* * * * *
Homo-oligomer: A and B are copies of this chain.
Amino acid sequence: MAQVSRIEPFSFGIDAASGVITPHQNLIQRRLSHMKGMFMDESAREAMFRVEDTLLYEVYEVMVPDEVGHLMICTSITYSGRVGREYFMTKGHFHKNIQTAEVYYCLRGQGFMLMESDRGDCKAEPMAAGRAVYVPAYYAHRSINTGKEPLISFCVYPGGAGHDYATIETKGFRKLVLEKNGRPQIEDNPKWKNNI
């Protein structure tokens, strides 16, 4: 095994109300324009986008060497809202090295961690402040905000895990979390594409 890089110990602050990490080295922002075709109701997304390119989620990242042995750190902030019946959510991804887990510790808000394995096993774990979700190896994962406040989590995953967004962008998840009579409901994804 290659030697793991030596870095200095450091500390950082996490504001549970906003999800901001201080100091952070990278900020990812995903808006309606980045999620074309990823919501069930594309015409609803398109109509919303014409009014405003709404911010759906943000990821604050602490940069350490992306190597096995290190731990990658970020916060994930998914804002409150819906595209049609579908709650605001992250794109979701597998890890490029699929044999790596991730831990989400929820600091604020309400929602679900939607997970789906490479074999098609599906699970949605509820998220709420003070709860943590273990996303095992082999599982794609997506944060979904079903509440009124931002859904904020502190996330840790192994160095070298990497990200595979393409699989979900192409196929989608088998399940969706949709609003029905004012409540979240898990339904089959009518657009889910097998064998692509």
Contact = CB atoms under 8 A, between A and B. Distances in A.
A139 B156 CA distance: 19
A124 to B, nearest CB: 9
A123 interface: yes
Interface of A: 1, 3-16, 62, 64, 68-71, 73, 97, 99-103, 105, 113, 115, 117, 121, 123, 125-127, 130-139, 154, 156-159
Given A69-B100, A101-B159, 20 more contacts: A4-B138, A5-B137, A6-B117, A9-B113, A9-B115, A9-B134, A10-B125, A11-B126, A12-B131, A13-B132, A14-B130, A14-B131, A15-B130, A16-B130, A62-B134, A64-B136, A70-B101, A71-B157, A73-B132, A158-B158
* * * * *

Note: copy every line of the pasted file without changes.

Homo-oligomer: A and B are copies of this chain.
Amino acid sequence: MAQVSRIEPFSFGIDAASGVITPHQNLIQRRLSHMKGMFMDESAREAMFRVEDTLLYEVYEVMVPDEVGHLMICTSITYSGRVGREYFMTKGHFHKNIQTAEVYYCLRGQGFMLMESDRGDCKAEPMAAGRAVYVPAYYAHRSINTGKEPLISFCVYPGGAGHDYATIETKGFRKLVLEKNGRPQIEDNPKWKNNI
């Protein structure tokens, strides 16, 4: 095994109300324009986008060497809202090295961690402040905000895990979390594409 890089110990602050990490080295922002075709109701997304390119989620990242042995750190902030019946959510991804887990510790808000394995096993774990979700190896994962406040989590995953967004962008998840009579409901994804 290659030697793991030596870095200095450091500390950082996490504001549970906003999800901001201080100091952070990278900020990812995903808006309606980045999620074309990823919501069930594309015409609803398109109509919303014409009014405003709404911010759906943000990821604050602490940069350490992306190597096995290190731990990658970020916060994930998914804002409150819906595209049609579908709650605001992250794109979701597998890890490029699929044999790596991730831990989400929820600091604020309400929602679900939607997970789906490479074999098609599906699970949605509820998220709420003070709860943590273990996303095992082999599982794609997506944060979904079903509440009124931002859904904020502190996330840790192994160095070298990497990200595979393409699989979900192409196929989608088998399940969706949709609003029905004012409540979240898990339904089959009518657009889910097998064998692509």
Contact = CB atoms under 8 A, between A and B. Distances in A.
A139 B156 CA distance: 19
A124 to B, nearest CB: 9
A123 interface: yes
Interface of A: 1, 3-16, 62, 64, 68-71, 73, 97, 99-103, 105, 113, 115, 117, 121, 123, 125-127, 130-139, 154, 156-159
Given A69-B100, A101-B159, 20 more contacts: A4-B138, A5-B137, A6-B117, A9-B113, A9-B115, A9-B134, A10-B125, A11-B126, A12-B131, A13-B132, A14-B130, A14-B131, A15-B130, A16-B130, A62-B134, A64-B136, A70-B101, A71-B157, A73-B132, A158-B158